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dc.contributor.authorBaird, Andrewen
dc.contributor.authorWorral, Lisaen
dc.contributor.authorHaslam, Cherylen
dc.contributor.authorHaslam, Roger A.en
dc.date.accessioned2016-10-17T12:28:15Z
dc.date.available2016-10-17T12:28:15Z
dc.date.issued2008-02-16
dc.identifier.citationEvaluation of a multi-disciplinary back pain rehabilitation programme—individual and group perspectives 2008, 17 (3):357 Quality of Life Researchen
dc.identifier.issn0962-9343
dc.identifier.issn1573-2649
dc.identifier.doi10.1007/s11136-008-9315-8
dc.identifier.urihttp://hdl.handle.net/10545/620601
dc.description.abstractTo evaluate the impact of a multi-disciplinary back pain rehabilitation programme using a combination of individual and group change data. A total of 261 consecutive patients attending an assessment session for the back pain rehabilitation programme completed the SF-36 health survey questionnaire. The patients were requested to complete the questionnaires again at programme completion and at the 6-month follow-up. The Reliable Change Index was used to define 'clinical significance' in terms of the assessment of individual change. Half of those patients considered to be suitable for the programme subsequently completed it. In group terms, non-completers scored lower than completers on all SF-36 scales. Statistically significant improvements were evident for those completing the programme (all scales at P < 0.000), with improvement maintained at follow-up. In individual terms, 'clinical significance' was exceeded most frequently in the Physical Functioning and Role Physical scales. Whilst some participants lost previous improvements between completion and follow-up, others improved over this same time period. The majority of those completing the programme showed improvement in at least one scale. Adding assessment of individual change to traditional group change measures provides greater insight into the impact a rehabilitation programme has upon participants' quality of life. Whilst the programme is clearly effective for those who complete it, work is required to limit post-programme deterioration and improve uptake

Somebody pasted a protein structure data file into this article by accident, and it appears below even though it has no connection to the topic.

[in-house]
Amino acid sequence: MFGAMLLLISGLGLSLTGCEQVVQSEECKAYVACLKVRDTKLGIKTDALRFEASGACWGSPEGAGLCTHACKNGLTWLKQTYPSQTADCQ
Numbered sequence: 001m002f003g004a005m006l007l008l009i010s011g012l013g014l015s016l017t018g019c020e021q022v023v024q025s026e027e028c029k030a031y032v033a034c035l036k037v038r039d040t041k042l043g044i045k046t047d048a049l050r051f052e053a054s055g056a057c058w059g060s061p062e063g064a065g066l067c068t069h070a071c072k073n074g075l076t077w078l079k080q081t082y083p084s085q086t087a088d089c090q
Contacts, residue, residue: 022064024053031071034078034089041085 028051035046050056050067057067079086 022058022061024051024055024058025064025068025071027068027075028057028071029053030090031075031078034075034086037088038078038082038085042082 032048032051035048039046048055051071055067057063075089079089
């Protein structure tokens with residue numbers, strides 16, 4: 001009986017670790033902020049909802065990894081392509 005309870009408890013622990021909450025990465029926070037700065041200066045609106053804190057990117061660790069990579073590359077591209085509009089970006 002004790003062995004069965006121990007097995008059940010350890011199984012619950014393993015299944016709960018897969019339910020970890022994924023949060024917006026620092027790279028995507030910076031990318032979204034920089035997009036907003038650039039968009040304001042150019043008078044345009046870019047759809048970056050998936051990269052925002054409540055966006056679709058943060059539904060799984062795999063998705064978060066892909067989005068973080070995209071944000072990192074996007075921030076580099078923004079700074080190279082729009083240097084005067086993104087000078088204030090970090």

dc.language.isoenen
dc.relation.urlhttp://link.springer.com/10.1007/s11136-008-9315-8en
dc.rightsArchived with thanks to Quality of Life Researchen
dc.subjectClinically significant changeen
dc.subjectLow back painen
dc.subjectRehabilitationen
dc.subjectReliable change indexen
dc.titleEvaluation of a multi-disciplinary back pain rehabilitation programme—individual and group perspectivesen
dc.typeArticleen
dc.contributor.departmentLoughborough Universityen
dc.identifier.journalQuality of Life Researchen
refterms.dateFOA2019-02-28T14:44:03Z
html.description.abstractTo evaluate the impact of a multi-disciplinary back pain rehabilitation programme using a combination of individual and group change data. A total of 261 consecutive patients attending an assessment session for the back pain rehabilitation programme completed the SF-36 health survey questionnaire. The patients were requested to complete the questionnaires again at programme completion and at the 6-month follow-up. The Reliable Change Index was used to define 'clinical significance' in terms of the assessment of individual change. Half of those patients considered to be suitable for the programme subsequently completed it. In group terms, non-completers scored lower than completers on all SF-36 scales. Statistically significant improvements were evident for those completing the programme (all scales at P < 0.000), with improvement maintained at follow-up. In individual terms, 'clinical significance' was exceeded most frequently in the Physical Functioning and Role Physical scales. Whilst some participants lost previous improvements between completion and follow-up, others improved over this same time period. The majority of those completing the programme showed improvement in at least one scale. Adding assessment of individual change to traditional group change measures provides greater insight into the impact a rehabilitation programme has upon participants' quality of life. Whilst the programme is clearly effective for those who complete it, work is required to limit post-programme deterioration and improve uptake


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